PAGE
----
While it is stressful for many people going through this COVID-19 pandemic, and lockdown forcing many of us to work from home, this pandemic allows us to have more spare time at home. If you are like me, you may be thinking of many different ideas, including ideas for starting up a new business. Now, after coming up with a new business idea and a new business name,… Read more »
You come up with an invention, and you want to protect your invention. So, where do you start? There are at least four criteria that a patent office will examine in order to grant or allow a patent. For obtaining a patent, it must be new (so no one disclosed / used before), inventive, useful (or has a… Read more »
It is often very difficult, and it takes enormous effort to come up with a good business name, and when you come up with one, you want to make sure that you have an exclusive right to use it. One of the best ways to protect your business name is to register it as a registered trademark. … Read more »
What changes were recently made to industrial designs practice in Canada? Read about amendments to the Industrial Design Act and new regulations, and what these mean for rights holders.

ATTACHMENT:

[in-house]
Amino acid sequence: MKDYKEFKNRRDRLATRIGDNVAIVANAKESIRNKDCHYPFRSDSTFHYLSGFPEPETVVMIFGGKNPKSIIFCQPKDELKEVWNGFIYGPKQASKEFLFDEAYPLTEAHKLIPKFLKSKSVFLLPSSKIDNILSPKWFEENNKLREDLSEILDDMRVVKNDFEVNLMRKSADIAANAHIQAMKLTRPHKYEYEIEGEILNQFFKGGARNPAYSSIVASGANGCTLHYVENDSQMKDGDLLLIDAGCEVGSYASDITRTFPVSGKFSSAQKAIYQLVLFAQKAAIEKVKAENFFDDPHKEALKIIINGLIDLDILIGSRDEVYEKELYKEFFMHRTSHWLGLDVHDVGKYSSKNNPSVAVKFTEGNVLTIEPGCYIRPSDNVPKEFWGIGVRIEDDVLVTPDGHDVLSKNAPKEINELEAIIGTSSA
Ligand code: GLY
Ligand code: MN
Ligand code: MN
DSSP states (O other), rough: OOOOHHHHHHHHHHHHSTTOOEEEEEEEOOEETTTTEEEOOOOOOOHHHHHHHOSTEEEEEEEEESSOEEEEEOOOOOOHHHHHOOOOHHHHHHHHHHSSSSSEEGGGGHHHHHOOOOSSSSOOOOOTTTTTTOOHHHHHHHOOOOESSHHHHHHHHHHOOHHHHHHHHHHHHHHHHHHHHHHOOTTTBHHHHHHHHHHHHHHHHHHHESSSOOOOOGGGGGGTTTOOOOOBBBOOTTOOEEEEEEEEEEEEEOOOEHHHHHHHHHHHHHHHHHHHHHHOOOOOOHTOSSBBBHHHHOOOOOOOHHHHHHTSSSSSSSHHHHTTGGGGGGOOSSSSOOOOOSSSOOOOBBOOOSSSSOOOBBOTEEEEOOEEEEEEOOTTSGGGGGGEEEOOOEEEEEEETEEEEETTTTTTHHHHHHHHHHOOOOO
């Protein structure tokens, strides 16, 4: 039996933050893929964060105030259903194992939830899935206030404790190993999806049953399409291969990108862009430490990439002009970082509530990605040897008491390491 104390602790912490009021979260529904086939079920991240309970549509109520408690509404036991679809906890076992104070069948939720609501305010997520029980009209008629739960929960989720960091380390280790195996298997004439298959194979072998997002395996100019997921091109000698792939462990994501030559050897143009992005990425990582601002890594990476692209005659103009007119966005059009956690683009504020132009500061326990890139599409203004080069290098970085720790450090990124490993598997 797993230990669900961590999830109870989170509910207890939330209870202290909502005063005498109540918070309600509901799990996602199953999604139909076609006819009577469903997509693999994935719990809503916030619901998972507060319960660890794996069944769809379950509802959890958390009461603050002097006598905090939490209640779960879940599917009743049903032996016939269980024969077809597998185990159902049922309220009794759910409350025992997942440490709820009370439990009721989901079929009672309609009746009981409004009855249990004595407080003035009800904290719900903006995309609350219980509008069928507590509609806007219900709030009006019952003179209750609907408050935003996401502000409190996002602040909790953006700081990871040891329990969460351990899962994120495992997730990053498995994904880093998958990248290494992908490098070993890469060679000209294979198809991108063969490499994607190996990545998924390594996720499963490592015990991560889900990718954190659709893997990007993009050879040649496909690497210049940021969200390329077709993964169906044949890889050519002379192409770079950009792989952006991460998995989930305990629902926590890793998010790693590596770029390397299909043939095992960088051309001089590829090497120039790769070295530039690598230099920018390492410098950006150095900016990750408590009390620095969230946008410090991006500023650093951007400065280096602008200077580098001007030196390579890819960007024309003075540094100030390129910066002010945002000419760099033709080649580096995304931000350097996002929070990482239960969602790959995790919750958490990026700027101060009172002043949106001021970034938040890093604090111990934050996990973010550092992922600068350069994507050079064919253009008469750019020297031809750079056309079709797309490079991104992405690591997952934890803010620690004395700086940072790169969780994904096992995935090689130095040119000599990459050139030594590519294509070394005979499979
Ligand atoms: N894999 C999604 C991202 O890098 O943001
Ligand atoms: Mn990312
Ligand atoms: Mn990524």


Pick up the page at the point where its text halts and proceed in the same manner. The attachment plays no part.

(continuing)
Readers may not have considered the importance of protecting the IP properties of currency. However, mints like the Royal Canadian Mint are commercial enterprises, and contracts for foreign circulation can be very lucrative. A recent dispute between the Royal Canadian Mint and the Royal Australian Mint illustrates the lengths at which currency manufacturers are willing to go to protect their brand.
How distinctive is the four-fingered KitKat? Our latest IP blog post looks at the trademark battle between Nestlé and Cadbury over KitKat’s four fingers.
Does copyright for land surveys belong to the Crown or the surveyor? Our latest Real Estate blog post explores a recent case that looked at surveys registered with the land registry system.
The traditional method of calling up your favourite restaurant and placing your order directly is increasingly being replaced by food delivery apps such as SkipTheDishes, UberEats and Foodora. In an industry know for its slim profit margins, are food delivery apps actually good for business?
Can a monkey sue for copyright infringement? Our latest Intellectual Property blog post looks at the “monkey selfie” copyright dispute and the relevant law in Canada.
Corporate knowledge, from an intellectual property and technology lawyer’s perspective could be a detailed understanding at the management level of the source and direction of the innovations and technology that underpin the company. But are these invaluable aspects of the business both properly protected in a strategic and cost-effective manner and commercialized to the fullest extent possible?